Wednesday, September 7, 2011

Glass is durable

What I miss since the introduction of mass produced plastic bottles, is the durability of glass. It's solid and easy to clean over and over again. So whenever I do the grocery shopping now, I strive to buy what I can in glass. It often means spending a few dollars more, but I look for the longevity of the investment, because I can re-use glass in my kitchen.


Empty glass bottle

Enter a bottle of blackcurrant cordial syrup. It's finished now but it's been laying around my kitchen bench top, reminding me it could have a purpose. I had actually cleaned a few more bottles I was sourcing cork stoppers for (there's always a back-log of activities behind my ongoing projects) all because I decided to ditch the "plastic" bottle I was storing oil in. The reason I hadn't ditched this particular plastic bottle yet, was it's convenient size.


Metal canister

I buy oil in bulk, in large metal containers - 4 litres worth. It's economical and I like the fact it's not stored in plastic. While it meets a lot of my criteria (it even looks attractive on display) but it's terribly unforgiving on the wrists if you have to drizzle a small amount in a frying pan. That's why I was keeping the smaller plastic bottle for. I don't have a picture of it because it's long gone now and good riddance to it. I kept it way too long.

For months since however, I've been trying to find a suitable glass bottle for storing the oil instead. I wanted something to stop the oil dripping down the side of the bottle once it was poured. I looked and I looked, I even looked in second-hand shops for oil pourers people may not have wanted any more. Nothing was presenting itself as a solution...I guess not the instantaneous sort I suppose, for I had the solution all along. The blackcurrant cordial bottle...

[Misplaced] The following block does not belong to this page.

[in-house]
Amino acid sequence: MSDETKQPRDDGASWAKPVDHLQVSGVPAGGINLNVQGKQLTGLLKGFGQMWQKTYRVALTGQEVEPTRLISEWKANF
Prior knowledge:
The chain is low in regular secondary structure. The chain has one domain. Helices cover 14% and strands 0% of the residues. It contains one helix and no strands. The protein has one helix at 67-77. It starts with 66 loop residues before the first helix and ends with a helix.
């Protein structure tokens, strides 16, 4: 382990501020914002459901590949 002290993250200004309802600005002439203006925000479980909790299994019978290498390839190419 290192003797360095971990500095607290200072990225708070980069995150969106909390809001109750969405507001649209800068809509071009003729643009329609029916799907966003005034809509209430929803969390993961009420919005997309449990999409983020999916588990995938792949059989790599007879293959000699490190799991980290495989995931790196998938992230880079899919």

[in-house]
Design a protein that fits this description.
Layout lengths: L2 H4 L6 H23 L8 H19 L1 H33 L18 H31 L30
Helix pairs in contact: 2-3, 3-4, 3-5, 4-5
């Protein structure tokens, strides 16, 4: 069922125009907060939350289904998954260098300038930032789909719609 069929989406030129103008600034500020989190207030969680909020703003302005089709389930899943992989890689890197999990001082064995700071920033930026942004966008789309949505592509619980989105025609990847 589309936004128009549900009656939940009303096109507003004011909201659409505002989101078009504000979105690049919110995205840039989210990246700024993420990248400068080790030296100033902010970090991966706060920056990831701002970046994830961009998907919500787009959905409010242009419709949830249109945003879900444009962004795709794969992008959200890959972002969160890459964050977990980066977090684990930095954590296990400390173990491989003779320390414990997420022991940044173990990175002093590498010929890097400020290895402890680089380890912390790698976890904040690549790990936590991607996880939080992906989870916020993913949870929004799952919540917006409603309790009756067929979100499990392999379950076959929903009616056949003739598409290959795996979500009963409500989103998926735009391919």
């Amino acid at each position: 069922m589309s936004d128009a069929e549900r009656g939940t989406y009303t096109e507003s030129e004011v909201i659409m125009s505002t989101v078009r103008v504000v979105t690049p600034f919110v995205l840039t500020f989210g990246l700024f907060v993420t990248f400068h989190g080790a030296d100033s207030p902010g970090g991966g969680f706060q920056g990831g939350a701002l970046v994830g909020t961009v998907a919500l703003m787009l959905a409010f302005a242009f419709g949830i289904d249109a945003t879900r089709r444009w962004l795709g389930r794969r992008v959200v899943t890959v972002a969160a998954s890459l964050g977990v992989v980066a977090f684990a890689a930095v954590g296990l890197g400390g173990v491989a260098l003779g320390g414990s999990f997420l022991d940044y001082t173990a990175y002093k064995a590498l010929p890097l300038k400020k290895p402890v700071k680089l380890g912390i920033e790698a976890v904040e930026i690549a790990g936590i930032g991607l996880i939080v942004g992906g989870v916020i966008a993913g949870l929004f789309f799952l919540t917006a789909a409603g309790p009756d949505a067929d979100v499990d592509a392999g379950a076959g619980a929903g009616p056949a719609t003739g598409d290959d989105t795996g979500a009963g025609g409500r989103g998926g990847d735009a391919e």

No drip top

It already had the plastic top with the dripless curved lip. Why hadn't I thought of this before? To be honest, I hadn't looked too closely at the top of the bottle, as I was going to do with it what I do with all my bottles - ditch the original tops, for cork or plastic screw tops. You can buy either at a home brew shop. Did you know you shouldn't keep re-using metal screw tops on your glass bottles? They can grind the glass and the glass can harbor moisture that stains the metal. That's why I ditch most of the original tops.


Patience pays in dollars and sense

But now I feel much relieved, as I have my smaller glass bottle stored beside the stove, ready for cooking again. Being made of glass, it's not only durable but easy to clean the outside with a damp cloth - because we all know how fat loves to spit when you're frying something!

What's more, I well and truly got the value from the higher price I paid for the cordial in a glass bottle. So next time you go shopping, don't just think about what you need to buy, but consider the storage it comes in. You could be buying two solutions for the price of one.

8 comments:

  1. I also reuse glass bottles. We put our olive oil in a glass wine bottle which my husband bought at auction from former winemakers. We went to the kitchen store and bought tops intended for pouring oils that fit in bottle necks snuggly. They have a name but I can't think of them. You see them in coffee shops that flavor their coffee with syrups.......
    If I have spare canning jars, I use them to store leftovers as well. I try to not buy too many bottles because I have such a wide array of them but we also don't notice too many plastic jars on the supermarket shelves as of yet-which is odd when I think about it.

    All my dehydrated foods go into spare jars as well as dried goods like flour, oatmeal, things like that. It keeps the pantry moths at bay. Plastic containers don't do that.